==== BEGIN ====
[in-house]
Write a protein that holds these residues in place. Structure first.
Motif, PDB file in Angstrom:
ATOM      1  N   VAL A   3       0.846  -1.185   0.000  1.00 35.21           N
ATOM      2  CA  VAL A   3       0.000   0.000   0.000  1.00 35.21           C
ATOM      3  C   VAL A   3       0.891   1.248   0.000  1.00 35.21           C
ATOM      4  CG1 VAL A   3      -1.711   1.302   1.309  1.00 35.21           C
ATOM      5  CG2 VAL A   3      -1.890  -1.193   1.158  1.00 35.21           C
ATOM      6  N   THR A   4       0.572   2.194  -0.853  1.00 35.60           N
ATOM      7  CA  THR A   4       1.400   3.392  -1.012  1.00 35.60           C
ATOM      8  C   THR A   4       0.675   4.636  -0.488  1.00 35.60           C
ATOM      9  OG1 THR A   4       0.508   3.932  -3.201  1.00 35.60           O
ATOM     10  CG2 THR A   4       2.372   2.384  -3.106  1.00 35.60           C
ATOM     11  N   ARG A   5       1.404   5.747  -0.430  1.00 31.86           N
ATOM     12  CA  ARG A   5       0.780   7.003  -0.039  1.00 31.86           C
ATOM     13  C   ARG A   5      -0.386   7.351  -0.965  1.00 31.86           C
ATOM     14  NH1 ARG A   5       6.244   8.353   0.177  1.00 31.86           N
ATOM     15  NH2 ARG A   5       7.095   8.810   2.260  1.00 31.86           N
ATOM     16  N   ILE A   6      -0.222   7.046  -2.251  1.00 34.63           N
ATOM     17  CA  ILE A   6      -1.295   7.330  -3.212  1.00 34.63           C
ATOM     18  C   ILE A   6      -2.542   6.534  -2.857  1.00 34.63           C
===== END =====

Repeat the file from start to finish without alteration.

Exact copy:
[in-house]
Write a protein that holds these residues in place. Structure first.
Motif, PDB file in Angstrom:
ATOM      1  N   VAL A   3       0.846  -1.185   0.000  1.00 35.21           N
ATOM      2  CA  VAL A   3       0.000   0.000   0.000  1.00 35.21           C
ATOM      3  C   VAL A   3       0.891   1.248   0.000  1.00 35.21           C
ATOM      4  CG1 VAL A   3      -1.711   1.302   1.309  1.00 35.21           C
ATOM      5  CG2 VAL A   3      -1.890  -1.193   1.158  1.00 35.21           C
ATOM      6  N   THR A   4       0.572   2.194  -0.853  1.00 35.60           N
ATOM      7  CA  THR A   4       1.400   3.392  -1.012  1.00 35.60           C
ATOM      8  C   THR A   4       0.675   4.636  -0.488  1.00 35.60           C
ATOM      9  OG1 THR A   4       0.508   3.932  -3.201  1.00 35.60           O
ATOM     10  CG2 THR A   4       2.372   2.384  -3.106  1.00 35.60           C
ATOM     11  N   ARG A   5       1.404   5.747  -0.430  1.00 31.86           N
ATOM     12  CA  ARG A   5       0.780   7.003  -0.039  1.00 31.86           C
ATOM     13  C   ARG A   5      -0.386   7.351  -0.965  1.00 31.86           C
ATOM     14  NH1 ARG A   5       6.244   8.353   0.177  1.00 31.86           N
ATOM     15  NH2 ARG A   5       7.095   8.810   2.260  1.00 31.86           N
ATOM     16  N   ILE A   6      -0.222   7.046  -2.251  1.00 34.63           N
ATOM     17  CA  ILE A   6      -1.295   7.330  -3.212  1.00 34.63           C
ATOM     18  C   ILE A   6      -2.542   6.534  -2.857  1.00 34.63           C